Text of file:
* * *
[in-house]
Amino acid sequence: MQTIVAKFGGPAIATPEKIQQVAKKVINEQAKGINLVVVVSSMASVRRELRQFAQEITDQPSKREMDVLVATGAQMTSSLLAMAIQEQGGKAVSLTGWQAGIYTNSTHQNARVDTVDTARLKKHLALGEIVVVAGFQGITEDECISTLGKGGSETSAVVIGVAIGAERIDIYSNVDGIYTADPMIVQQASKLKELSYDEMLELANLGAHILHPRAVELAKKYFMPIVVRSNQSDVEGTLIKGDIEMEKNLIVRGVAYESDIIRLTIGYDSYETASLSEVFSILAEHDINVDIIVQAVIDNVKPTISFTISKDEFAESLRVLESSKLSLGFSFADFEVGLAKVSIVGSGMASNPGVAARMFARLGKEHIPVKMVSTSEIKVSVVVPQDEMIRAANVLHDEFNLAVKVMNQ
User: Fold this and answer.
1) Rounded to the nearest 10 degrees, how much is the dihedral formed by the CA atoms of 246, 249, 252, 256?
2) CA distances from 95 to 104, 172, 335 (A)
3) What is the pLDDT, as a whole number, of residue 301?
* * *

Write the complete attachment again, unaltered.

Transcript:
[in-house]
Amino acid sequence: MQTIVAKFGGPAIATPEKIQQVAKKVINEQAKGINLVVVVSSMASVRRELRQFAQEITDQPSKREMDVLVATGAQMTSSLLAMAIQEQGGKAVSLTGWQAGIYTNSTHQNARVDTVDTARLKKHLALGEIVVVAGFQGITEDECISTLGKGGSETSAVVIGVAIGAERIDIYSNVDGIYTADPMIVQQASKLKELSYDEMLELANLGAHILHPRAVELAKKYFMPIVVRSNQSDVEGTLIKGDIEMEKNLIVRGVAYESDIIRLTIGYDSYETASLSEVFSILAEHDINVDIIVQAVIDNVKPTISFTISKDEFAESLRVLESSKLSLGFSFADFEVGLAKVSIVGSGMASNPGVAARMFARLGKEHIPVKMVSTSEIKVSVVVPQDEMIRAANVLHDEFNLAVKVMNQ
User: Fold this and answer.
1) Rounded to the nearest 10 degrees, how much is the dihedral formed by the CA atoms of 246, 249, 252, 256?
2) CA distances from 95 to 104, 172, 335 (A)
3) What is the pLDDT, as a whole number, of residue 301?